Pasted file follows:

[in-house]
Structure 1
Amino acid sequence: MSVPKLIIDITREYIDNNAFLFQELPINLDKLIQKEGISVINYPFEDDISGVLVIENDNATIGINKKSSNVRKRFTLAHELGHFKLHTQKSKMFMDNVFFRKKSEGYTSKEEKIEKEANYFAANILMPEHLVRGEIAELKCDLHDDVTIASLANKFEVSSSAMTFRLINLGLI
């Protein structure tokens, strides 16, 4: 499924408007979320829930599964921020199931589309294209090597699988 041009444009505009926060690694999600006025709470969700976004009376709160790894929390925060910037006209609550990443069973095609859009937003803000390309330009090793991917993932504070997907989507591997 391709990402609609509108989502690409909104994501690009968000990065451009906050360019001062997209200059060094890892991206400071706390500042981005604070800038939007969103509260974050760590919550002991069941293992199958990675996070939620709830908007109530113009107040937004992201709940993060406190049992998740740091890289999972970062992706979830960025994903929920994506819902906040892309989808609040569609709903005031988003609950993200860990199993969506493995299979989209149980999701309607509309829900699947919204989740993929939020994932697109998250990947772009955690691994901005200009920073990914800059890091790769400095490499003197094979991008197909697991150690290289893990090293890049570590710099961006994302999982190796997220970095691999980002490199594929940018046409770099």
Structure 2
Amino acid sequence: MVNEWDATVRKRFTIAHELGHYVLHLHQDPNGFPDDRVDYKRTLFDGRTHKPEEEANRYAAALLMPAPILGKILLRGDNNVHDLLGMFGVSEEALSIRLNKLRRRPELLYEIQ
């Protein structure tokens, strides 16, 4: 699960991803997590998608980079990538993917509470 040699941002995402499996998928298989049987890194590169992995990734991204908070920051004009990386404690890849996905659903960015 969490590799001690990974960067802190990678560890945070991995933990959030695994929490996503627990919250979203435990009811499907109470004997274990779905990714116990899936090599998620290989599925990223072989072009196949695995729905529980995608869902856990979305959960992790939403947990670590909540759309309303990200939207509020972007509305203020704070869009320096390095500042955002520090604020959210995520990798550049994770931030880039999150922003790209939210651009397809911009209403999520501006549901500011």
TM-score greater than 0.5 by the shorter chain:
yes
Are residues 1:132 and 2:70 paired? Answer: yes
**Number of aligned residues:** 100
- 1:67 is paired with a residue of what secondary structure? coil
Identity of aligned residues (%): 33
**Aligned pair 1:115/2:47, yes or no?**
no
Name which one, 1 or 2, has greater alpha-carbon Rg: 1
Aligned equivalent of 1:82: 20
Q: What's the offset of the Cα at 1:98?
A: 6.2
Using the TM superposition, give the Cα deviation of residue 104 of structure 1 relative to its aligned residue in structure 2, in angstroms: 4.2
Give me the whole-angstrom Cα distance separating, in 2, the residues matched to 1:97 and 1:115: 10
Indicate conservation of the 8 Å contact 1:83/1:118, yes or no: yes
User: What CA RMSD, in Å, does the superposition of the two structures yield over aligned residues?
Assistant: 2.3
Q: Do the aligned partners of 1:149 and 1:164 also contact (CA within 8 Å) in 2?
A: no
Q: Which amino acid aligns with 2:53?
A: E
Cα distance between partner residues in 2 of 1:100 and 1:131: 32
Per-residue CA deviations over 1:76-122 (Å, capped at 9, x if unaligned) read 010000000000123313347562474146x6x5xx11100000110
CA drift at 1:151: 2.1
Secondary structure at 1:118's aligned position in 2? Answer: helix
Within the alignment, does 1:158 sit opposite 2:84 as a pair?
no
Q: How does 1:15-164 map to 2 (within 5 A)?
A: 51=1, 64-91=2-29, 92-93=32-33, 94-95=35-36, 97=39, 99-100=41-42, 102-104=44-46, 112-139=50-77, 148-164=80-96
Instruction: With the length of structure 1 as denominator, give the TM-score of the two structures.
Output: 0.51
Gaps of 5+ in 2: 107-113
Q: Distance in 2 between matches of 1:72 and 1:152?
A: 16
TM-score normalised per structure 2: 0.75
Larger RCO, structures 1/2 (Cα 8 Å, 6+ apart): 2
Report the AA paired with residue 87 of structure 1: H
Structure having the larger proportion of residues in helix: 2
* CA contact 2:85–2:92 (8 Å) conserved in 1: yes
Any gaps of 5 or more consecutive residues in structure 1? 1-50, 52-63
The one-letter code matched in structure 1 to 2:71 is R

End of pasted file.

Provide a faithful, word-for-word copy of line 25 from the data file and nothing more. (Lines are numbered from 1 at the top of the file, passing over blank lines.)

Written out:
Q: Do the aligned partners of 1:149 and 1:164 also contact (CA within 8 Å) in 2?